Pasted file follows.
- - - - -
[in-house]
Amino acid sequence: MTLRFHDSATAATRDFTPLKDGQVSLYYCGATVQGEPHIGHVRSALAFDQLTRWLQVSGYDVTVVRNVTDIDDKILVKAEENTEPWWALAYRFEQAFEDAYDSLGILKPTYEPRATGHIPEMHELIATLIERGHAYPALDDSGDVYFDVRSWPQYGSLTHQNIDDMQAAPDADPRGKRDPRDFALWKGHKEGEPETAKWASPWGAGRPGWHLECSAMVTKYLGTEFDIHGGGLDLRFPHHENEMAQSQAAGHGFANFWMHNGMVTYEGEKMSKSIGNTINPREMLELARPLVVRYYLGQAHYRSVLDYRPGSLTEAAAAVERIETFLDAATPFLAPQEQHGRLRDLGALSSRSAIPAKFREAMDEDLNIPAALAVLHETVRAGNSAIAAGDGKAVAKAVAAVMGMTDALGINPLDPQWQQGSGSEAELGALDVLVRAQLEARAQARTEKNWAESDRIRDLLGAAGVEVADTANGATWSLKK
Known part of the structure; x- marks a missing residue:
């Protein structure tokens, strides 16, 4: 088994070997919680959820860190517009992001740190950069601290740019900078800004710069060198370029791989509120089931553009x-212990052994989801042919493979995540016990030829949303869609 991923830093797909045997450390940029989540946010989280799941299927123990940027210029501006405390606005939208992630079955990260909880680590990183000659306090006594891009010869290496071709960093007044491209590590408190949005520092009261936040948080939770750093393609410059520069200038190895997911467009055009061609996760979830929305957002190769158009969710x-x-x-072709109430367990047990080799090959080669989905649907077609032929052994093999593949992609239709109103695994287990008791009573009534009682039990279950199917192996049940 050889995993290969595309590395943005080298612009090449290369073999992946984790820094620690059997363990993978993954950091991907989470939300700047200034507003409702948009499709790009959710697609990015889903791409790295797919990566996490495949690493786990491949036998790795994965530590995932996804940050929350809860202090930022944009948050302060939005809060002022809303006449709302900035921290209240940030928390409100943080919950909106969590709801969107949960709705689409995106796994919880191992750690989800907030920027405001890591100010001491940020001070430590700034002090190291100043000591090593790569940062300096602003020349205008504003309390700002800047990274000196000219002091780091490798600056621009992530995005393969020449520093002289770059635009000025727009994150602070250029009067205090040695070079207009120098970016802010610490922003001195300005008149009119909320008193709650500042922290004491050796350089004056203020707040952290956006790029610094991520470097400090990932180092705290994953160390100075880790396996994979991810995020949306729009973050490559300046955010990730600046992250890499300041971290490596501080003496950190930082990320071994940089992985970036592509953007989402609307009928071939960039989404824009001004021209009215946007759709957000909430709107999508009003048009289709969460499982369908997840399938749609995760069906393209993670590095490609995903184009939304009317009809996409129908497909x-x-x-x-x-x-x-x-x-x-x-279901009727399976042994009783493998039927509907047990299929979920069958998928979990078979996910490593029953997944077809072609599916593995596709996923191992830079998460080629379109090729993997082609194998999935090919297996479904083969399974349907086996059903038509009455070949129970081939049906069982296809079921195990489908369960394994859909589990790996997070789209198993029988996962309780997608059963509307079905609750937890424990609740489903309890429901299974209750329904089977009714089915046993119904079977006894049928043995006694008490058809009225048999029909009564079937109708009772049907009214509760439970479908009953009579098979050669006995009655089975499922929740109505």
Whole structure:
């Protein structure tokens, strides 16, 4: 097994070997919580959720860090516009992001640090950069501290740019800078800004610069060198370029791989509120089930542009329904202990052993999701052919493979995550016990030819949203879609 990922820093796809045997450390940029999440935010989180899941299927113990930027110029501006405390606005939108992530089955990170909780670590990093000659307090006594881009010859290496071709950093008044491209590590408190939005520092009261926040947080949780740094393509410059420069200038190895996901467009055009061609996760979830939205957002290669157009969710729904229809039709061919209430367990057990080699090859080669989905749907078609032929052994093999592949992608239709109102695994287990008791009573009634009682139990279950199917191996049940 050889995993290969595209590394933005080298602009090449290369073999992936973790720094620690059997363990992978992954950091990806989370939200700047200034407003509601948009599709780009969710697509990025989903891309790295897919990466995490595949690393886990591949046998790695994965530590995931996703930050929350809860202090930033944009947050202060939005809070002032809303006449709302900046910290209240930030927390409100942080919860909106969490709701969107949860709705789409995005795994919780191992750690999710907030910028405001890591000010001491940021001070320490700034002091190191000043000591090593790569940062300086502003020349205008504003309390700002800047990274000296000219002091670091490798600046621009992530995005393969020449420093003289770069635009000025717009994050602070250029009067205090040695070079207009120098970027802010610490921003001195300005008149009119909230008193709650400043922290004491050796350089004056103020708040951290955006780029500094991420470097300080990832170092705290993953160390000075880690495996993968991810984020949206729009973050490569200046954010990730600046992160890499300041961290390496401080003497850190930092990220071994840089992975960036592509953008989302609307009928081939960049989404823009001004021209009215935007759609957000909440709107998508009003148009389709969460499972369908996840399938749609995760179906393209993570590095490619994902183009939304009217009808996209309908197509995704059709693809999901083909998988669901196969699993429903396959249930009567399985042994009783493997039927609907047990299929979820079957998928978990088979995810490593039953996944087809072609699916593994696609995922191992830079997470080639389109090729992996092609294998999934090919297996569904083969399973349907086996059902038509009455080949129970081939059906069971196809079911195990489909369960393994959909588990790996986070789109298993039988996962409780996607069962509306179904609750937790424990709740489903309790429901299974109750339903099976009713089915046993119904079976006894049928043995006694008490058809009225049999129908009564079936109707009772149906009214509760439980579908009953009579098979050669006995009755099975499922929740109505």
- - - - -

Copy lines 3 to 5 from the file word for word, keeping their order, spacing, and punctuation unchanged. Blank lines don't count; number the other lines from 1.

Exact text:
Known part of the structure; x- marks a missing residue:
């Protein structure tokens, strides 16, 4: 088994070997919680959820860190517009992001740190950069601290740019900078800004710069060198370029791989509120089931553009x-212990052994989801042919493979995540016990030829949303869609 991923830093797909045997450390940029989540946010989280799941299927123990940027210029501006405390606005939208992630079955990260909880680590990183000659306090006594891009010869290496071709960093007044491209590590408190949005520092009261936040948080939770750093393609410059520069200038190895997911467009055009061609996760979830929305957002190769158009969710x-x-x-072709109430367990047990080799090959080669989905649907077609032929052994093999593949992609239709109103695994287990008791009573009534009682039990279950199917192996049940 050889995993290969595309590395943005080298612009090449290369073999992946984790820094620690059997363990993978993954950091991907989470939300700047200034507003409702948009499709790009959710697609990015889903791409790295797919990566996490495949690493786990491949036998790795994965530590995932996804940050929350809860202090930022944009948050302060939005809060002022809303006449709302900035921290209240940030928390409100943080919950909106969590709801969107949960709705689409995106796994919880191992750690989800907030920027405001890591100010001491940020001070430590700034002090190291100043000591090593790569940062300096602003020349205008504003309390700002800047990274000196000219002091780091490798600056621009992530995005393969020449520093002289770059635009000025727009994150602070250029009067205090040695070079207009120098970016802010610490922003001195300005008149009119909320008193709650500042922290004491050796350089004056203020707040952290956006790029610094991520470097400090990932180092705290994953160390100075880790396996994979991810995020949306729009973050490559300046955010990730600046992250890499300041971290490596501080003496950190930082990320071994940089992985970036592509953007989402609307009928071939960039989404824009001004021209009215946007759709957000909430709107999508009003048009289709969460499982369908997840399938749609995760069906393209993670590095490609995903184009939304009317009809996409129908497909x-x-x-x-x-x-x-x-x-x-x-279901009727399976042994009783493998039927509907047990299929979920069958998928979990078979996910490593029953997944077809072609599916593995596709996923191992830079998460080629379109090729993997082609194998999935090919297996479904083969399974349907086996059903038509009455070949129970081939049906069982296809079921195990489908369960394994859909589990790996997070789209198993029988996962309780997608059963509307079905609750937890424990609740489903309890429901299974209750329904089977009714089915046993119904079977006894049928043995006694008490058809009225048999029909009564079937109708009772049907009214509760439970479908009953009579098979050669006995009655089975499922929740109505």
Whole structure: